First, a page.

I hope if you’re a zealot, you’ll read this and know that I understand where you’re coming from even if I abhor your approach.  I want to see all kids as safe as possible too.  I’m kept awake by the local news that another child was killed because she was unrestrained.  I become physically ill when I see a picture of a friend’s small child in an ill-fitting seat belt without a booster in my Facebook feed.  I’m frustrated when a parent HAS an appropriate seat that isn’t maxed out, but chooses not to continue to rear-face for reasons they can’t explain.  Some nights I do lie in my bed and cry because it seems like we are not getting anywhere. Beautiful babies are still dying.  I get it, truly I do.  But I know becoming a zealot won’t change those things.

Instead, I do my best to gain the trust and respect of all parents I come in contact with.  I accept that my job is to educate, and it’s a parents’ job to decide.  I give them the best option, and when that isn’t their choice, I give them every other possible option that leaves the child safER than they were when we started.  Little steps, sometimes.

One starfish at a time.  I know I won’t make a difference to all of them, but I know I surely helped ‘that one’.

 

Coleen Fitch is a stepmom and mom who developed her passion for keeping kids safe in the car during her many years in public safety.  She is a former EMT and 911 Dispatcher who,  for the past 9 years, has worked as a full-time civilian employee for local police in the Traffic Division.  She became certified as a Child Passenger Safety Technician in 2009 and is the owner of Little Riders LLC, a child passenger safety education and installation service.  Coleen is a long-time contributor to the car-seat.org forums, and an active CPS advocate and volunteer in her community.  She lives in southern CT with her family and their dog Scooby.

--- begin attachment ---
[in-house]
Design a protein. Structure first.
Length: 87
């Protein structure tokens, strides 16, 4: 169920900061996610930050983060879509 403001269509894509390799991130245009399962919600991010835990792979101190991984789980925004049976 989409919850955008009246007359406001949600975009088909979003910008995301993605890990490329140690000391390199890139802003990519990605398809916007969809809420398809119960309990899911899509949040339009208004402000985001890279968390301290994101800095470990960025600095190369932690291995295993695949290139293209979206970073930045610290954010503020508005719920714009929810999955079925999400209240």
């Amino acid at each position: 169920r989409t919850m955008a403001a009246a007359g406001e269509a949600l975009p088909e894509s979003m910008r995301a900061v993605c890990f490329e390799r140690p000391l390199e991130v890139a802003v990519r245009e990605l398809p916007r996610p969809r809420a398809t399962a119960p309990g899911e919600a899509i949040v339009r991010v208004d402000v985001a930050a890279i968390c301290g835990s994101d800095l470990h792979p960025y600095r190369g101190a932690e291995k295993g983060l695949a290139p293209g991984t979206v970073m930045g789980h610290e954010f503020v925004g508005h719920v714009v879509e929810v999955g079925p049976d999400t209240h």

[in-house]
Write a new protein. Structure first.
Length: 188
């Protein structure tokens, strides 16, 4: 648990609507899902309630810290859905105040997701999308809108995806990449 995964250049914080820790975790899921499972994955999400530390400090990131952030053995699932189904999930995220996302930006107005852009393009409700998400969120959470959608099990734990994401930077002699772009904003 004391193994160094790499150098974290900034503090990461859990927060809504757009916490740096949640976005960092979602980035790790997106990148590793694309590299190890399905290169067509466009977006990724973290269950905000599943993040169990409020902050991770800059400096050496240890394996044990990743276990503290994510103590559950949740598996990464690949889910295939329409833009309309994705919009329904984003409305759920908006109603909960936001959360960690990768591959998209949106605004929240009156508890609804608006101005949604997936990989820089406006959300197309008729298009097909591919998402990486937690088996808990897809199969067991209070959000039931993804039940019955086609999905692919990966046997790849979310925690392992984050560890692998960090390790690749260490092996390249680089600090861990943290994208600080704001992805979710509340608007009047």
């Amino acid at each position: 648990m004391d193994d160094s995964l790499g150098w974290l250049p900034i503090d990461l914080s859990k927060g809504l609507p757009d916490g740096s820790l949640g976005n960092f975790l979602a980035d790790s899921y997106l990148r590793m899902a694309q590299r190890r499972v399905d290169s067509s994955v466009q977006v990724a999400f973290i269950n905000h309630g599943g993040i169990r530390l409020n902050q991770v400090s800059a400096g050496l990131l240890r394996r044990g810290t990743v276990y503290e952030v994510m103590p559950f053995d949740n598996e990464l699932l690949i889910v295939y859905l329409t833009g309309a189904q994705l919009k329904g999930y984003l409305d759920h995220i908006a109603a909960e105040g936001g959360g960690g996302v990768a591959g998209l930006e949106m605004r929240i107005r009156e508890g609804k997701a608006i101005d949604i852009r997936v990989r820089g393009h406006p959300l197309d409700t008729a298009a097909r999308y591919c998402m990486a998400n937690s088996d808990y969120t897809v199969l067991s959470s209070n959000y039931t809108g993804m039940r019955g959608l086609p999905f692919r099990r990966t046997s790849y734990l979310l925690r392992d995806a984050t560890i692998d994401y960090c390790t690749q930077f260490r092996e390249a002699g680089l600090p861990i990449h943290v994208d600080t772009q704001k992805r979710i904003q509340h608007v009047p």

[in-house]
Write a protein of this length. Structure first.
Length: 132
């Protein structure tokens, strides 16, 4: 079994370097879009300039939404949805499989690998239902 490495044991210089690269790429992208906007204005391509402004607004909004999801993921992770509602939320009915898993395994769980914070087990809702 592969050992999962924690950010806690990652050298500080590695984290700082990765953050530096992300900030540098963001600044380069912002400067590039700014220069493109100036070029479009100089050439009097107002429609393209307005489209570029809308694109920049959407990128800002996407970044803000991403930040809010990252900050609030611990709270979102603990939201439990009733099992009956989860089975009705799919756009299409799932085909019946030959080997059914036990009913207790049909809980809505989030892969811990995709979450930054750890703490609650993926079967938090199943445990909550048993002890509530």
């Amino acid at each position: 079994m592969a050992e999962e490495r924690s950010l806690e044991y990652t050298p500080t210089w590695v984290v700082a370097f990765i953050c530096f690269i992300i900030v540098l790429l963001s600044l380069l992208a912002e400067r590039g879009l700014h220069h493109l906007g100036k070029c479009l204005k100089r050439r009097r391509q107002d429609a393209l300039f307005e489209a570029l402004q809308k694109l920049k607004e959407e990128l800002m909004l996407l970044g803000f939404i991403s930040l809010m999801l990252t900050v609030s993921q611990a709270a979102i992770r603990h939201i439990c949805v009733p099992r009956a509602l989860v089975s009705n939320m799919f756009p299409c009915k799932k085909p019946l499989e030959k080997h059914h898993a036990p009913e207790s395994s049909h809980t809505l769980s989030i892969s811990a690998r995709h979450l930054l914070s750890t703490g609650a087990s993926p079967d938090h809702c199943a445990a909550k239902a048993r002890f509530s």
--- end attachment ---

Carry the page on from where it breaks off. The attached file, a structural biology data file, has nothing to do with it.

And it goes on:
Cleaning Out Old CPS Stuff

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My carseat throwback “stuff” only goes back around 15 years.  I know some people have accumulated carseat stuff for twice that long or more, including some genuine vintage carseats.  I freed up a lot of space recycling what seemed like 100 pounds of paper stuff alone.  Anyone else have some old goodies to share?  Feel free to add!

oldcpsstuff

 

Oh and see that nice, orange Chicco roller bag in the background?  It needs to go as well, and there are a few interesting child passenger safety odds and ends inside of it.  This giveaway won’t be random, though, and I’ll give an advantage to Car-Seat.Org community members who are still reading;-)  It’s a simple question:  What are the names of the two kitties?  I call them both Foofy at this point, in homage not only to their great excess of fur, but also an old carseat forum joke about Britax carseats that Britax later turned into a fashion!

So, the first response with both cat names correct wins the goody bag!  One entry per person/household please.  I reserve the right to select one winner from all entries if more than one answer is reasonably correct.  Everyone is welcome to enter, except for CarseatBlog editors.

The good ol’ days.

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The car seat world has really come a long way. The advancements and options are incredible compared to what we had even 5 years ago. What was out of reach for many people years ago has become standard now. We still have a long way to go and many people to help and educate but in the grand scheme of things, things are really looking up for child passenger safety.

That being said, there is one thing from “back in the day” that I wish hadn’t disappeared. It’s not the overhead shield. Not the 20lb limit. Nope. It’s the cute covers. Today it’s totally cool to be neutral and match the car interior. Which is fine if you’re into that kind of thing. But for those of us who prefer bright and fun, we miss it. Sure, there’s a few seats out there with some aqua, green, orange, or red accents. But what about the patterns? Fun prints? For me, an out-of-this-world-everything-I-could-ask-for car seat would still go down a couple notches on my Cool Meter if it was only available in black, gray, and tan. Or maybe a mix of the three. With some wallpaper-like dots that look like they should be on my grandmother’s shoes. If my grandmother were still here. See? A gray seat that just makes me miss my grandmother and her ancient shoes! Not cool.